What Happens To Your Nails When You Drink Milk Every Day

We drink milk for strong bones and teeth. At least, that's what we were told as kids and often, it's the messaging surrounding dairy that still reaches us as adults. Cow's milk is a great beverage to consume if you're looking to curb your appetite on a weight loss journey too. 

Have you ever wondered, however, what regular milk consumption can do for your nails? A lot of the nutrients that milk is known for — namely protein, calcium, and vitamin D — can also benefit your nails. Your body needs calcium to ensure that you don't end up with thin, weak, and brittle nails that break off easily every time there's some type of pressure on them. You need protein to boost the production of keratin — a fibrous structural protein that your nails are mainly made up of. Vitamin D is essential if you want your nails to not peel or crack, per Toronto-based family medicine practitioner Dr. Sheila Wijayasinghe (via Livestrong). Your body also requires vitamin D to ensure adequate and proper absorption of calcium. But when referring to vitamin D, we're mainly talking about fortified milk; the unfortified kind has only negligible amounts of the nutrient. 

These aren't the only nail-friendly nutrients in milk. 

Other nutrients in milk that support your nail health

There are a few more ingredients in cow's milk that also help your nail health, namely B vitamins, iron, magnesium, and zinc. One cup of whole milk contains 46% of your recommended daily amount (RDA) of vitamin B12, 7% of your RDA of magnesium, 11% of your RDA of zinc, and 0.073 milligrams of iron.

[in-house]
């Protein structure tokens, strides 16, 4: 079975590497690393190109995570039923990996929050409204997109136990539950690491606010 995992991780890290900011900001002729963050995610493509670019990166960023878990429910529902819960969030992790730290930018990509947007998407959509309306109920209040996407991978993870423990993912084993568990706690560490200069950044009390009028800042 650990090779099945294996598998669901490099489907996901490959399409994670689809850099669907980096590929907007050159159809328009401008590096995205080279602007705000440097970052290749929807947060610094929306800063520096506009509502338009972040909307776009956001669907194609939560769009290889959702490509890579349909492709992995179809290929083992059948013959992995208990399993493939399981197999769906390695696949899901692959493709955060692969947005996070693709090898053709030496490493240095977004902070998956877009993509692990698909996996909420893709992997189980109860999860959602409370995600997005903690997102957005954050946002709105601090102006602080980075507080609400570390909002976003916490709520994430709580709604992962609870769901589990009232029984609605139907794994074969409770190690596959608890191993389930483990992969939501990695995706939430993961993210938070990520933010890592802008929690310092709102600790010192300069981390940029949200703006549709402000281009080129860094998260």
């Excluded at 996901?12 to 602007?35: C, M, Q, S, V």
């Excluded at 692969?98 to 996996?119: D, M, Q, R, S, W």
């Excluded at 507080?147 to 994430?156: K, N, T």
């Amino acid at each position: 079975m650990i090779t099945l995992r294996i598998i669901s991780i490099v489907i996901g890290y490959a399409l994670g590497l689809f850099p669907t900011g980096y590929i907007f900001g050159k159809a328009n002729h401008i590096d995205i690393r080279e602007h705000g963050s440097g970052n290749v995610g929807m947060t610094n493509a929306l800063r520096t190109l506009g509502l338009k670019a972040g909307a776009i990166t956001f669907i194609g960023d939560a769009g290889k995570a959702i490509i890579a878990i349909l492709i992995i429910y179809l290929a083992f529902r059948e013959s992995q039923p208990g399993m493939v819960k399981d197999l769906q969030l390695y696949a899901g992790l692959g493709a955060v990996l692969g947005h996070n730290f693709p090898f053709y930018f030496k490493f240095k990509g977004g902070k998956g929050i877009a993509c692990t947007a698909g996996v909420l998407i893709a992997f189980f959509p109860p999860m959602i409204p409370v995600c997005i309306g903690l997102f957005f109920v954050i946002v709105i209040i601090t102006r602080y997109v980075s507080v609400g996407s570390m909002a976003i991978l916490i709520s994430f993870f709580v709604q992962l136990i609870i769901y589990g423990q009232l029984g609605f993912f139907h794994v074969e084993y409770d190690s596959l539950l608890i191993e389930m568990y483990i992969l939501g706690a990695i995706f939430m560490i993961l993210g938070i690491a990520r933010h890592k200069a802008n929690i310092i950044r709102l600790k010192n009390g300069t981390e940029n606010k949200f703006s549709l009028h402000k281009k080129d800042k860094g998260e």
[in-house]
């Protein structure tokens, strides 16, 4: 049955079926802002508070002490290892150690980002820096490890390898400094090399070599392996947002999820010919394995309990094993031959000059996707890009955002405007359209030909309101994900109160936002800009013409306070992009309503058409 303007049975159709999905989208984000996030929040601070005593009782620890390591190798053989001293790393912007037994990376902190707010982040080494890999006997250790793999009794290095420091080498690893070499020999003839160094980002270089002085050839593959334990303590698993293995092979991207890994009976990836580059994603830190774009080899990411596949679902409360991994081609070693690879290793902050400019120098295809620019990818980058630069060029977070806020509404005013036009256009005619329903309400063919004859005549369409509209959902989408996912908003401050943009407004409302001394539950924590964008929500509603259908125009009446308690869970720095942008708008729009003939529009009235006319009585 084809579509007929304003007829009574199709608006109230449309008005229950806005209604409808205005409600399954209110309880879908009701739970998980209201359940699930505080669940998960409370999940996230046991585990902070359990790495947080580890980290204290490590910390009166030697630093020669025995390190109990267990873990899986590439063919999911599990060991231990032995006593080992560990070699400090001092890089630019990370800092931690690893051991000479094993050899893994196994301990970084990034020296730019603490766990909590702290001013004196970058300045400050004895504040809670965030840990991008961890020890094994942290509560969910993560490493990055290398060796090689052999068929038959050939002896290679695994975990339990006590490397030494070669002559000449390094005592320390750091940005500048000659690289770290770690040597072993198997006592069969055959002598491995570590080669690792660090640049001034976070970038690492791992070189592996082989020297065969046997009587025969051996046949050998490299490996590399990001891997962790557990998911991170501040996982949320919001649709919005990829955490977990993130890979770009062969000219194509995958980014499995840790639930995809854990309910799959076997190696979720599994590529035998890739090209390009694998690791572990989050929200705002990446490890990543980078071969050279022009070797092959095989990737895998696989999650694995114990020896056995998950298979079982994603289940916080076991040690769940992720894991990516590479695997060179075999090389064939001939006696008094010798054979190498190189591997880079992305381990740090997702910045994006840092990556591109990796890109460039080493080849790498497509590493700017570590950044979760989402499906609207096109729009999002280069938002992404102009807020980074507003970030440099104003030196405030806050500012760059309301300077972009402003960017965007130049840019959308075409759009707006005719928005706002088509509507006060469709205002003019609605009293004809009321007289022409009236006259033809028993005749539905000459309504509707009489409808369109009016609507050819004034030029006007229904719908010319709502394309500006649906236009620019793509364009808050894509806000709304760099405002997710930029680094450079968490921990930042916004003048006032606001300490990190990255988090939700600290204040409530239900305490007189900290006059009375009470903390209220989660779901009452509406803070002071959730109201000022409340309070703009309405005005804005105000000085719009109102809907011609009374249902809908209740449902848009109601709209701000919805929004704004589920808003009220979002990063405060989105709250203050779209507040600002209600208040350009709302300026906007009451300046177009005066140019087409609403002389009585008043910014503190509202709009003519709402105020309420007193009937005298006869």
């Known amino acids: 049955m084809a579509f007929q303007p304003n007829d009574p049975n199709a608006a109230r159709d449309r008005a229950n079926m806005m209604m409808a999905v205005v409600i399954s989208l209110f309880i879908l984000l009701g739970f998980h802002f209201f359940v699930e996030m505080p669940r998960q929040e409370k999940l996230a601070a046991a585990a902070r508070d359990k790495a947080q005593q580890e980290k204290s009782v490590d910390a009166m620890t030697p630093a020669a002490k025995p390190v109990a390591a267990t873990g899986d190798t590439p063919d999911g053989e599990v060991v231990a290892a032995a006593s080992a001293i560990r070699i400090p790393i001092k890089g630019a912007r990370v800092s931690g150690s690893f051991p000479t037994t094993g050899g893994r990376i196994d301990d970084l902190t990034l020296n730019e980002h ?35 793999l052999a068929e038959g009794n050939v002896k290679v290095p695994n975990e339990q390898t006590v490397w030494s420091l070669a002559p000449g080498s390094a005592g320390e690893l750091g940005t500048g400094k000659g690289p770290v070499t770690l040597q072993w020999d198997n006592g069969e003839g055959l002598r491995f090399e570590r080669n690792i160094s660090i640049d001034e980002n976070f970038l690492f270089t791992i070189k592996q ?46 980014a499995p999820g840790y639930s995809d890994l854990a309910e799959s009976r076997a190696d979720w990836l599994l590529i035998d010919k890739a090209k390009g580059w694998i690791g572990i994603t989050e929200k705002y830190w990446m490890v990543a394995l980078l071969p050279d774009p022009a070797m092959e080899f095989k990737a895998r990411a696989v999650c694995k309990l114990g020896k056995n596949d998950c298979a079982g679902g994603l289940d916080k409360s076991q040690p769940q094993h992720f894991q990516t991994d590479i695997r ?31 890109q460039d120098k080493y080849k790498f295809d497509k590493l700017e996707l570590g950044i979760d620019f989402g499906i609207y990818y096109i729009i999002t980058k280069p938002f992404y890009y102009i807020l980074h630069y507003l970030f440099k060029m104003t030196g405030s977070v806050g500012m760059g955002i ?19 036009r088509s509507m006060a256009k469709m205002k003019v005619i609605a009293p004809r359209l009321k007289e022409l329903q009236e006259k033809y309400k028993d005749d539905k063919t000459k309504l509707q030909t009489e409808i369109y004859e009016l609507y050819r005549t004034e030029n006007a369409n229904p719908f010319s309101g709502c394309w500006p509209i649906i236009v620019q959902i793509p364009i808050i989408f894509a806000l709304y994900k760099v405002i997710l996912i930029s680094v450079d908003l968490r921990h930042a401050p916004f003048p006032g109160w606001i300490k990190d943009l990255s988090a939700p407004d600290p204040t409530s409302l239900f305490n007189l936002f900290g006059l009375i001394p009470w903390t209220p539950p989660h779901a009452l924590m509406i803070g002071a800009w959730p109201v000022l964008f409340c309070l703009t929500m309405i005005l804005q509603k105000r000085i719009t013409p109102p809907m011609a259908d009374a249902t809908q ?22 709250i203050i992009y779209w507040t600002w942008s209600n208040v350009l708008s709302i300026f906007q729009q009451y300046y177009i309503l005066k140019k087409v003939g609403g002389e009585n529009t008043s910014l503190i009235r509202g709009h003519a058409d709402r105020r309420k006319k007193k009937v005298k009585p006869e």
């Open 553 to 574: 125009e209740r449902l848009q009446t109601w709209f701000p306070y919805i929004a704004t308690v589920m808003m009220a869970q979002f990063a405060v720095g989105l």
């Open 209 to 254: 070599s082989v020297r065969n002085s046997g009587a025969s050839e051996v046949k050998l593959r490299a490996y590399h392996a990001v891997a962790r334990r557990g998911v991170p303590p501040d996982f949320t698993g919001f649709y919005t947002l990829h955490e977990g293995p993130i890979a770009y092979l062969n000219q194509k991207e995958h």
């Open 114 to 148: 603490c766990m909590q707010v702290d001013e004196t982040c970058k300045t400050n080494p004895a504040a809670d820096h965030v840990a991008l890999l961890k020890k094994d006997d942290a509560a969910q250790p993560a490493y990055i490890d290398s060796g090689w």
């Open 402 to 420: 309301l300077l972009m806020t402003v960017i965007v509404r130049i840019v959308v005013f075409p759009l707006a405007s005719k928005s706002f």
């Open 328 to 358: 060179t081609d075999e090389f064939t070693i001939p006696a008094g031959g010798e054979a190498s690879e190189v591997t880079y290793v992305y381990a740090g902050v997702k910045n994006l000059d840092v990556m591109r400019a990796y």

Your nails need vitamin B12 for iron absorption and to keep them strong and healthy. In fact, according to a 2018 study published in BMJ Case Reports, a vitamin B12 deficiency could manifest in bluish discoloration and darkened streaks on your nails. 

You need magnesium for protein synthesis and to prevent ridges on your nails. Zinc ensures that your nails keep growing the way they're supposed to. Per a 2013 study published in the International Journal of Trichology, zinc deficiency could lead to a decrease in nail growth rate and fragile and brittle nails. It could also contribute toward the degeneration of your nail bed and white spots on the surface. Your nails need iron for the same reason the rest of your body needs iron — to transport oxygen to where it needs to go. Iron is a key part of red blood cells. If you have anemia (not enough healthy red blood cells), your nails might be concave or have vertical ridges on them. 

Cow's milk benefits aside, however, what happens to your body when you drink milk every day? Are there concerns? 

Things to consider about cow's milk consumption

It goes without saying that whether or not you're looking for foods you should be eating for stronger nails, cow's milk is not for everyone. Vegans, vegetarians, and those who are lactose intolerant, for example, would get their nail-friendly nutrients from other sources. When it comes to plant-based milks, soy milk can give you a great amount of protein and calcium-fortified unsweetened almond milk could help in the calcium department. 

You may want to avoid cow's milk if you have hypothyroidism, skin conditions like acne or eczema, or a milk allergy. Dairy consumption was thought to be a trigger when it came to acne flare-ups, according to a 2016 study published in the Journal of the American Academy of Dermatology, and milk and dairy were on a list of foods that could worsen eczema, per a 2019 study published in the Journal of Microbiology, Immunology, and Infection. 

Plus, nail health is about a lot more than just drinking milk. For example, you have to keep them clean, trim them regularly, avoid biting them, and not make the mistake of using them as tools to pry things open. Apart from your diet and general nail habits, your genes and overall health play a part too. While milk happens to be one piece of the puzzle, you're going to have to take a holistic approach when it comes to nail health. Also, see a dermatologist if you notice discoloration, chipping, cracking, or streaks and ridges that look concerning.